God of War is a game that has defined PlayStation. Originally appearing on the PlayStation 2 in 2005, David Jaffe’s epic masterpiece has gone on to sprout sequels that would appear on the PS2, PS3, PSP, and now the PS Vita (yes, we are going to forget that God of War: Betrayal for feature phones was ever a thing). In 2007 Cory Barlog took the reins of the series and guided Kratos through a journey that was bigger, bolder, and even more epic in God of War II.
God of War Collection combines both of these monumental games into one package. With improved graphics and trophy support, this remastered version first appeared on the PS3, but now after long last, the tale of vengeance and betrayal can be played anywhere with the PS Vita.
Set in the days of ancient Greece, the story of God of War is ultimately that of revenge. Kratos was once the most admired captain in the Spartan army. He was the ultimate warrior who made armies tremble before him. The limit of his conquest seemed to be endless. But when he finally met his match, Kratos foolishly turned to Ares, the god of war, for help. In return, Kratos pledged his life and loyalty to the god. As a reminder of the oath he had taken, the iconic Blades of Chaos were permanently fused to his arms. With his new powers, Kratos would brutally carry out the will of his new master, leaving pools of blood in his wake.
That is until Ares betrays him. This sets Kratos off on a new quest. It is a quest of revenge to kill the god of war.
The story unfolds through the use of cut scenes that fill in bits and pieces of Kratos’ back story as the game game progresses. The motivation for why Kratos is seeking revenge starts off as a mystery. Through a series of flashbacks we learn his history, but never the full story at once. Often each clip will leave more questions than answers. This method of storytelling works really well, and I found myself being pulled in because of it. I wanted to know the secrets from his past. By always keeping you guessing, and never revealing too much, I always felt a compulsion to go deeper into the game.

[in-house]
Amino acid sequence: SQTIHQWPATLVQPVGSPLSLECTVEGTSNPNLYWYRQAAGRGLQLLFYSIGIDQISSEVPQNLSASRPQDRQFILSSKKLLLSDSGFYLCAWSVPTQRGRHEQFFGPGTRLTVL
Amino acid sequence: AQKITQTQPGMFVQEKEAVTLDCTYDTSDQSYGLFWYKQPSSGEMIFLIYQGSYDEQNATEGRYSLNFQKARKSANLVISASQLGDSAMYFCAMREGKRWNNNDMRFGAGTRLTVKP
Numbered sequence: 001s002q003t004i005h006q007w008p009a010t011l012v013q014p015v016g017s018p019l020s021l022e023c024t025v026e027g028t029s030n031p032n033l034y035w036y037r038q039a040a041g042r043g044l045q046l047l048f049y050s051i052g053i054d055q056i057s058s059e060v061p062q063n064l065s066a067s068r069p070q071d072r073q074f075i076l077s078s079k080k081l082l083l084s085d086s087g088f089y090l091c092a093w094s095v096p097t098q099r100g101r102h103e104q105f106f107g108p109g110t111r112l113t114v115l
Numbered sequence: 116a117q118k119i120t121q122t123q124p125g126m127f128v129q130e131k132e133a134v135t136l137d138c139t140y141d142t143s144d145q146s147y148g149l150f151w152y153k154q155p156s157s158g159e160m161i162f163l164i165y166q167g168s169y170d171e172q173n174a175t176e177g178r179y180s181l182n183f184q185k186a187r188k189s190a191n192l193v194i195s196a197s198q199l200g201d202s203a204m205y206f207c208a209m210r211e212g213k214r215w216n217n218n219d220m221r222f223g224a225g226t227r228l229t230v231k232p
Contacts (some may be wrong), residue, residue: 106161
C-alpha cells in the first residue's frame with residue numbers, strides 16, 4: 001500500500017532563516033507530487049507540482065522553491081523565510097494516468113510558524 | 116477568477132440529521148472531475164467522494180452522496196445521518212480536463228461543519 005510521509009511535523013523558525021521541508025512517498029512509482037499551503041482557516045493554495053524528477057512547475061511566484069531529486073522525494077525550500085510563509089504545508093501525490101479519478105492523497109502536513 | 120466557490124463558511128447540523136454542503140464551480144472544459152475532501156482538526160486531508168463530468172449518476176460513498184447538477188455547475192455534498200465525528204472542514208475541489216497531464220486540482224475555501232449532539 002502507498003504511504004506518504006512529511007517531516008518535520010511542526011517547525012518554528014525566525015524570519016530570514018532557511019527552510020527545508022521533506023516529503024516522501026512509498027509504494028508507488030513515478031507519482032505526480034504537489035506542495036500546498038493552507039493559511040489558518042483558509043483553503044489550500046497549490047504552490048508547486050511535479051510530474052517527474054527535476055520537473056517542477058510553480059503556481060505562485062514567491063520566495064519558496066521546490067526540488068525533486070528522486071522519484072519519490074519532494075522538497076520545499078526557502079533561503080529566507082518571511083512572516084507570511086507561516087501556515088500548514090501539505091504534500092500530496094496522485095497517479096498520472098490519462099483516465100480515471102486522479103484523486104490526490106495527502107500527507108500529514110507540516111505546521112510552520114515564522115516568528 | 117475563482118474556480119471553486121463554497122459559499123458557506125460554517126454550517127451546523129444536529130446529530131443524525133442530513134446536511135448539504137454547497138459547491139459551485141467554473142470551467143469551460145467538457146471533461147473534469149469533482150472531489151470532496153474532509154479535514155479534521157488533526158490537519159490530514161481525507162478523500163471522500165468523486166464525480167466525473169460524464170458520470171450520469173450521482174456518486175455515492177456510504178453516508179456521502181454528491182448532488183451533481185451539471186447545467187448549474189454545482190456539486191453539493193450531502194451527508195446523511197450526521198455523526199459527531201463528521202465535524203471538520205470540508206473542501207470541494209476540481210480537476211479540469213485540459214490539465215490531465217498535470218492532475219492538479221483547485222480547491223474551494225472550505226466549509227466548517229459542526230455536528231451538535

Following the events of the first game, God of War II continues the story of Kratos in an adventure that is even grander in scope and vision. Having ascended to the throne room of Olympus, Kratos has taken the position of his vanquished foe and sits as one of the gods. With the soldiers of Sparta as his army, he wages a war of conquest against the rest of Greece. The other gods will not stand for this and band together to stop his rampage.
Zeus, at one time an ally to Kratos, would ultimately trick and betray him. And Kratos, not one for being made the fool, would once again seek revenge against the gods who wronged him.
The story in God of War II is told differently than in the first game since the events out with the game. It is less about what happened in the past, and this time around the player immediately knows what Kratos’ motivations are. His intentions are known from the beginning, but it’s the journey to that destination which brings the excitement.
In both games in God of War Collection, you play as Kratos. Using the Blades of Chaos you must hack and slash your way through waves of different enemies in order get your revenge on the gods who betrayed you. The mythical beasts you slaughter along the way (Spoilers: this game is extremely bloody and violent. Mature audiences only) range from common skeletons to a gigantic Minotaur. And while the variety of enemy types can become a bit repetitive as the game goes on, new, more powerful creatures are always introduced to keep things challenging.